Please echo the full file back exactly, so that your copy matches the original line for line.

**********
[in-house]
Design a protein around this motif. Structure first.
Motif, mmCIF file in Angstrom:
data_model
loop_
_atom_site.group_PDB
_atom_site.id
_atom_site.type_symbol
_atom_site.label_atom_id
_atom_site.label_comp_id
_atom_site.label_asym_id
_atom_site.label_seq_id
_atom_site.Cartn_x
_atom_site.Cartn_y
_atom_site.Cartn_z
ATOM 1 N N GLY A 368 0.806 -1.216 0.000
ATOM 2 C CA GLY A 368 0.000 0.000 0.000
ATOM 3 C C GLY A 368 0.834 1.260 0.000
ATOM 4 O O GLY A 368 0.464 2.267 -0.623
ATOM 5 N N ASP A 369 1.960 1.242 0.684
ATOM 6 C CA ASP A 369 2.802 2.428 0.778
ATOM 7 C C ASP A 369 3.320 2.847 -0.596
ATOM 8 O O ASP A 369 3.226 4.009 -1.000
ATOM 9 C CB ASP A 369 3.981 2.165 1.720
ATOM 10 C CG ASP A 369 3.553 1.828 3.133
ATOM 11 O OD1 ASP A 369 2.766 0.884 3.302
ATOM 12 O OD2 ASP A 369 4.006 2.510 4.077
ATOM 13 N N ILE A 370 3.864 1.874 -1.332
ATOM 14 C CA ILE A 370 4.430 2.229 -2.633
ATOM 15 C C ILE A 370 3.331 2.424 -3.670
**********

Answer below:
[in-house]
Design a protein around this motif. Structure first.
Motif, mmCIF file in Angstrom:
data_model
loop_
_atom_site.group_PDB
_atom_site.id
_atom_site.type_symbol
_atom_site.label_atom_id
_atom_site.label_comp_id
_atom_site.label_asym_id
_atom_site.label_seq_id
_atom_site.Cartn_x
_atom_site.Cartn_y
_atom_site.Cartn_z
ATOM 1 N N GLY A 368 0.806 -1.216 0.000
ATOM 2 C CA GLY A 368 0.000 0.000 0.000
ATOM 3 C C GLY A 368 0.834 1.260 0.000
ATOM 4 O O GLY A 368 0.464 2.267 -0.623
ATOM 5 N N ASP A 369 1.960 1.242 0.684
ATOM 6 C CA ASP A 369 2.802 2.428 0.778
ATOM 7 C C ASP A 369 3.320 2.847 -0.596
ATOM 8 O O ASP A 369 3.226 4.009 -1.000
ATOM 9 C CB ASP A 369 3.981 2.165 1.720
ATOM 10 C CG ASP A 369 3.553 1.828 3.133
ATOM 11 O OD1 ASP A 369 2.766 0.884 3.302
ATOM 12 O OD2 ASP A 369 4.006 2.510 4.077
ATOM 13 N N ILE A 370 3.864 1.874 -1.332
ATOM 14 C CA ILE A 370 4.430 2.229 -2.633
ATOM 15 C C ILE A 370 3.331 2.424 -3.670